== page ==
We also need to set up some of the authentication parameters for the scanner to be able to log into the DVWA. We know it uses Form based authentication.
When we made HawkScan, one the the things we wanted to improve was the Authentication process. The base scanner is sort of agnostic to whether or not your authentication worked and getting feedback to tell if authentication actually worked is at best, difficult. We’ve made that process better in the authentication section. We ask for a URL and a response code that should be accessible after authentication. When those succeed, the scanner continues. If they don’t the scanner stops and give you feedback about what didn’t go correctly in authentication.
With this config file, StackHawk knows how to log in to the app. However, when I ran some scans, the results and discovered URLs are not quite what I was expecting. There were not enough URLs and WAY less vulnerabilities than I expected. When investigating the DVWA in my browser, I can see a few things that I must tell StackHawk for it to do a more thorough job.
Browsing to the Logout Menu, the application instantly logs me out. What that means, is the scanner is logging me into the application to do the spidering of the app, browsing the links it can find and logging me out before it can test any of the pages. I need to tell the scanner about these things. My config now looks like this.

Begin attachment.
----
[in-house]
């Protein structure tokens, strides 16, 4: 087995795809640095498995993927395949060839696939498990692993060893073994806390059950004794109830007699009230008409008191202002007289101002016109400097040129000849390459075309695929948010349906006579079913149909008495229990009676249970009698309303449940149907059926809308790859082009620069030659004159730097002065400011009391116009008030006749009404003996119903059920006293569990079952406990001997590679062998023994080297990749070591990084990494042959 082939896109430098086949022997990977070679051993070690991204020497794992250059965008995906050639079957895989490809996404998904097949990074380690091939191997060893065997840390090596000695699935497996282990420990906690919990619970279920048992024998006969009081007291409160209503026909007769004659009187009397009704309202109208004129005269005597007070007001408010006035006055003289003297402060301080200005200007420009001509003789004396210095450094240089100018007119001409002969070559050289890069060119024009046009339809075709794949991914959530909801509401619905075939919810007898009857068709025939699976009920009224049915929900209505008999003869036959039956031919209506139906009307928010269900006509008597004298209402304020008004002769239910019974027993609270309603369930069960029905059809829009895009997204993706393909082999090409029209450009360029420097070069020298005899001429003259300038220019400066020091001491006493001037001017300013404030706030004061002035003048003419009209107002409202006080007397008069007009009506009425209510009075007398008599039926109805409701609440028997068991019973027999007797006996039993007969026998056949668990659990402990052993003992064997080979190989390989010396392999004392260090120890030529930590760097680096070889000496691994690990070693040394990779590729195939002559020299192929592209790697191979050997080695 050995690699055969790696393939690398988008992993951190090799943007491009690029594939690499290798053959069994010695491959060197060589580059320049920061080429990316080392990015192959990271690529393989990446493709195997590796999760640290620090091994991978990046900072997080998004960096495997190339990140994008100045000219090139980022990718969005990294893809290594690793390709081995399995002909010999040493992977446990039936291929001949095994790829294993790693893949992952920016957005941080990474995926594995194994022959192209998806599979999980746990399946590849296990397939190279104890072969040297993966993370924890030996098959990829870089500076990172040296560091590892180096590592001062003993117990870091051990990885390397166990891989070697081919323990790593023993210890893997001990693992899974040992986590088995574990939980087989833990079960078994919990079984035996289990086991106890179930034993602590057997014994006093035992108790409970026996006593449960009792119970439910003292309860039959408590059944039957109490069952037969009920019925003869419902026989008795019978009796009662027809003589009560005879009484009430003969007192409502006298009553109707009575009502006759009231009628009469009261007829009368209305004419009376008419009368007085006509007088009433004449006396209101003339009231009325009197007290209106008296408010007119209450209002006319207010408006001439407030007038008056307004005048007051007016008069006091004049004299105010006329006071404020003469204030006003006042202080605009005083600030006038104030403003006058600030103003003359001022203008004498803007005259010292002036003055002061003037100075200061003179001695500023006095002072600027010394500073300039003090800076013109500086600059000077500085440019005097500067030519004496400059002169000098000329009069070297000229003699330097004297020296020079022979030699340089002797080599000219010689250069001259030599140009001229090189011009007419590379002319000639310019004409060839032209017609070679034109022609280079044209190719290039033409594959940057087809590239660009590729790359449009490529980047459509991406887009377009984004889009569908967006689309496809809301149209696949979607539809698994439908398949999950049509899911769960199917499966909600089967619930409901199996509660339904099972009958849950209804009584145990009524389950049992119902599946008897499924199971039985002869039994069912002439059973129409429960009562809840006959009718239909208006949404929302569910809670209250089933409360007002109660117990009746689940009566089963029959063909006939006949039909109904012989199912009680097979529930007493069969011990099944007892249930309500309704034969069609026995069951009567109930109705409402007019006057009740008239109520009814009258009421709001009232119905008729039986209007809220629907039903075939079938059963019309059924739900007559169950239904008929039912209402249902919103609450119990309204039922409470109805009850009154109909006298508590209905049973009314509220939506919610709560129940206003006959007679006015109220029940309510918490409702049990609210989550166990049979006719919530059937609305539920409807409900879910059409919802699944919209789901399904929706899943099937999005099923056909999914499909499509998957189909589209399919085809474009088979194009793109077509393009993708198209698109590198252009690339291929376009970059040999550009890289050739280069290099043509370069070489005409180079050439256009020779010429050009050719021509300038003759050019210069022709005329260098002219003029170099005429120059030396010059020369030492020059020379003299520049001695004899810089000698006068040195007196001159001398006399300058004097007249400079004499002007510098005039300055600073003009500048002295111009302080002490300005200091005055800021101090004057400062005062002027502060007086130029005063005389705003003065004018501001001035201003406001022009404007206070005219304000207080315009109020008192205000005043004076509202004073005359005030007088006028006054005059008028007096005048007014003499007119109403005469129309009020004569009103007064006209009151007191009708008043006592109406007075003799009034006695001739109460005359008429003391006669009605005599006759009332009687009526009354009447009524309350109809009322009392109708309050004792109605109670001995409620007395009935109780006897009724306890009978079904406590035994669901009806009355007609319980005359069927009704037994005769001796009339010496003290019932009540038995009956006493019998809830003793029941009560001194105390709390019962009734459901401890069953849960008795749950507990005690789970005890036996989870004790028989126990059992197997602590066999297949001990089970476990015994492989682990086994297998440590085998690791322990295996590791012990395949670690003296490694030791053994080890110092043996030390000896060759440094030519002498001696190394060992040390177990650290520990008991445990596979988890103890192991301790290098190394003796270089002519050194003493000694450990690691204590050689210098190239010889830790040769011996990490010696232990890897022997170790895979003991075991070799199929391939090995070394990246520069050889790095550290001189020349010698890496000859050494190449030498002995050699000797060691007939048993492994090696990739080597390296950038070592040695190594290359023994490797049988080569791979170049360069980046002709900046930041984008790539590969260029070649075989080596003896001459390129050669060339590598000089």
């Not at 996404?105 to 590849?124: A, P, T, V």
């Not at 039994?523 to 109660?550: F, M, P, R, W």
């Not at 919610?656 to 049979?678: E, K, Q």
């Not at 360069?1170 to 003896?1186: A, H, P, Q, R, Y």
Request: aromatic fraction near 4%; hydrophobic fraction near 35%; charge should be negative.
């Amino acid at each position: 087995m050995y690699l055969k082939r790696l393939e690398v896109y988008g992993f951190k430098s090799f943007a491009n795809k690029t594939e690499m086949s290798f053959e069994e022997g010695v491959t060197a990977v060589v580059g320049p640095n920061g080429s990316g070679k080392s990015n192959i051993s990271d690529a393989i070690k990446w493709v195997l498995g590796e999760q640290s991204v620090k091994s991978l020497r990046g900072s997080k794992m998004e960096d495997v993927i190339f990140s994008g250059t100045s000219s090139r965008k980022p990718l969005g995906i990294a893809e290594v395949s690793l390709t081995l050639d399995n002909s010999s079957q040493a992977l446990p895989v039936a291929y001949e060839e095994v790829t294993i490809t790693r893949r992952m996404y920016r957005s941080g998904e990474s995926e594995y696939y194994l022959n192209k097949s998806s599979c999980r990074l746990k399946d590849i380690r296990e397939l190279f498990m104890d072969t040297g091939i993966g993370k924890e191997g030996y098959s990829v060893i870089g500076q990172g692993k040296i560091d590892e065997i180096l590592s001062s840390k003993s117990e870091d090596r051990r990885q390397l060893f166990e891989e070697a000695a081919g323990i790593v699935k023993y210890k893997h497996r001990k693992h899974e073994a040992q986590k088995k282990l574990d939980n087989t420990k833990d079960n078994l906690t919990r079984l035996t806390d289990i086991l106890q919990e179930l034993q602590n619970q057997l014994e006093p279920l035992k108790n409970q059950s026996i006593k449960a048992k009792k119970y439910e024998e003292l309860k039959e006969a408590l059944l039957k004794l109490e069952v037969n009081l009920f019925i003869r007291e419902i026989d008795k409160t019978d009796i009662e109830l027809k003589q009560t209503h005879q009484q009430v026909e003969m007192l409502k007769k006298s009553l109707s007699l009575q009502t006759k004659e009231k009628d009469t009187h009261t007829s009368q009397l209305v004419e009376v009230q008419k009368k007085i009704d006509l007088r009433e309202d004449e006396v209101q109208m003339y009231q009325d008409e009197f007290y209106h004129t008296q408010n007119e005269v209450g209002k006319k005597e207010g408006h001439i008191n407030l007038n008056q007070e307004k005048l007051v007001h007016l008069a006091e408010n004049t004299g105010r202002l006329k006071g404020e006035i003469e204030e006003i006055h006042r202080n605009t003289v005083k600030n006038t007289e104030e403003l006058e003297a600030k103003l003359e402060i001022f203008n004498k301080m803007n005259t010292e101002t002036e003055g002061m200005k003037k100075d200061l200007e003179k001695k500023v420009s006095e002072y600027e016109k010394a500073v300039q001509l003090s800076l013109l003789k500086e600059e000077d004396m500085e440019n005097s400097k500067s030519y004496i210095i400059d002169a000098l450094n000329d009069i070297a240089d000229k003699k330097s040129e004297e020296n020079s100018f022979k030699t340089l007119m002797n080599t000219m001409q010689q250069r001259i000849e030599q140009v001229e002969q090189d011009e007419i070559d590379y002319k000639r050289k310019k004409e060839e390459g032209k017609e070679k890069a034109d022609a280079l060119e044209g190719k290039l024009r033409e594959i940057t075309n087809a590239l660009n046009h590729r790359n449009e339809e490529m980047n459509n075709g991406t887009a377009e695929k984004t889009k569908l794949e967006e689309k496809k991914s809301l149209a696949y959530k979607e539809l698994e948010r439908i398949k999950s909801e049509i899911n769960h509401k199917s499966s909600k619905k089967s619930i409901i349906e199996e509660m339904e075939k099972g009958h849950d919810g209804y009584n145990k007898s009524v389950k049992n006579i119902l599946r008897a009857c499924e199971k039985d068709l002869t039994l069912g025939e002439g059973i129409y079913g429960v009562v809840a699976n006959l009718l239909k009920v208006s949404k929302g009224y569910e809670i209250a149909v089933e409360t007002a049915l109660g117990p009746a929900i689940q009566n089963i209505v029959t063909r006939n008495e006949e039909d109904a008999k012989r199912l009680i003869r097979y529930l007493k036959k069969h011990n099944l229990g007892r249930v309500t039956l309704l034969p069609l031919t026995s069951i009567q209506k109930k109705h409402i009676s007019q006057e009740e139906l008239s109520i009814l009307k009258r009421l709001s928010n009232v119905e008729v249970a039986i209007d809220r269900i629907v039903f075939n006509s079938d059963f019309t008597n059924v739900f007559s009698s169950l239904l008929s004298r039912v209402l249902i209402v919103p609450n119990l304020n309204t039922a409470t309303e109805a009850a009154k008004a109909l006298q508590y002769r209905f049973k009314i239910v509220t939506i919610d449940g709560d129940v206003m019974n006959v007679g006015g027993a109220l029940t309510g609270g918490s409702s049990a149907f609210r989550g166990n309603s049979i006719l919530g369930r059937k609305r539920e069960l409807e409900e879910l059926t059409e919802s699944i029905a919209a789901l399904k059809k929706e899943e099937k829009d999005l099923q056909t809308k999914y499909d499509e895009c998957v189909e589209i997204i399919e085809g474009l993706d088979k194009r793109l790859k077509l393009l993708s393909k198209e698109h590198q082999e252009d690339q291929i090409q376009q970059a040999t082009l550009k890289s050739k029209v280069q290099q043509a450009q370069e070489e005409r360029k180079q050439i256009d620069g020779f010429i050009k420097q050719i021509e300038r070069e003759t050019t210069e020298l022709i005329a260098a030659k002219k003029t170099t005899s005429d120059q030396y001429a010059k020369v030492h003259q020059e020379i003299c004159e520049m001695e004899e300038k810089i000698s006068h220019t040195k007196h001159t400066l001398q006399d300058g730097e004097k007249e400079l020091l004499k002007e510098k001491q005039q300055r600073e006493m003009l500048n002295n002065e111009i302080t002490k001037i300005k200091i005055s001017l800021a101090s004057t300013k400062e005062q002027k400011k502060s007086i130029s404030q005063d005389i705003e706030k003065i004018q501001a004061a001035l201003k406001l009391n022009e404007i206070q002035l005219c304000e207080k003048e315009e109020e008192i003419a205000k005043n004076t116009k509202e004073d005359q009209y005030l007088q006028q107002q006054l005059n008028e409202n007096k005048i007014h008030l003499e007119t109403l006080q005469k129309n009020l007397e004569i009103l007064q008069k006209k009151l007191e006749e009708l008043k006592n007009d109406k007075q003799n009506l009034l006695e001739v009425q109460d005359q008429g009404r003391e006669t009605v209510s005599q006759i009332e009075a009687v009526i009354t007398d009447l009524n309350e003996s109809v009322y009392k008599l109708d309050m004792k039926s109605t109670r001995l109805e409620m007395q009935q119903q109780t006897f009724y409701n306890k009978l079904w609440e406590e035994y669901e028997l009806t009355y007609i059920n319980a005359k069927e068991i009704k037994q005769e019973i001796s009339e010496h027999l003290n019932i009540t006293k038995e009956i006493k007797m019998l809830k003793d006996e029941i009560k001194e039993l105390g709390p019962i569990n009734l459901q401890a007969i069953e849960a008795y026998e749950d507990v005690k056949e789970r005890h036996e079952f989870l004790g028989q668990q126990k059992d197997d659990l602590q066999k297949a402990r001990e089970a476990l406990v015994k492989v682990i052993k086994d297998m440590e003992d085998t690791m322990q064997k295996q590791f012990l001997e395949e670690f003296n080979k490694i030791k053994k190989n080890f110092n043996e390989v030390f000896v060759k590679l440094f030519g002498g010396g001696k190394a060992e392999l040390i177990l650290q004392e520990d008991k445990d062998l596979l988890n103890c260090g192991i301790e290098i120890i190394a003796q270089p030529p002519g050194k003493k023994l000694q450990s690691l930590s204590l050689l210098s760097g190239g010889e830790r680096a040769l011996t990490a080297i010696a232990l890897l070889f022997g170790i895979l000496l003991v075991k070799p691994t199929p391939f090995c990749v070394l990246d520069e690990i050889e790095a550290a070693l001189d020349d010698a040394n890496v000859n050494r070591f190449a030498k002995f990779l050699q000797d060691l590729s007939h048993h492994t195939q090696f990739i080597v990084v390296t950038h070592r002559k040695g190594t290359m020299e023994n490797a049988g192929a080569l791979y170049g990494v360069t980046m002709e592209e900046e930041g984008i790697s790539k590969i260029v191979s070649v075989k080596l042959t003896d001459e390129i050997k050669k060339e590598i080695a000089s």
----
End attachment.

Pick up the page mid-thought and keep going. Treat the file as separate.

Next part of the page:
Now we are starting to get better results, but something is still missing causing the scanner to not find all the links and test the pages. While we have described our application well, the scanner is still doing something incorrectly with the session when spidering links in the app. We can tell it to not browse or test some of the pages that are giving us trouble. For instance, the setup.php page has a button that rebuilds the entire database, that’s probably not helping our cause. Also, the security.php page has a button that turns on PHPIDS and make the app more secure and while that’s great, it makes our test not work well. The last one we are concerned about is the
/vulnerabilities/csrf/ path that has the ability to change the users password. While that doesn’t affect the current scan, the scanner will change the password of the user and confuse you a lot!
Now we have a working config for DVWA and can effectively scan the app and get results from the scanner. All of the results of these scans should be viewable from the direct link printed at the end of the scan in the terminal. From there you should be able to browse each of the issue and find the request response pairs that made an alert trigger.
While the iteration to make this work was not difficult, you do need to understand how the application behaves and what things could be causing the scanner to not be able to do its job. Now we have a working config for DVWA and can effectively scan the app and get results from the scanner. To test StackHawk scanning the Damn Vulnerable Web App or your own application, sign up for an account at stackhawk.com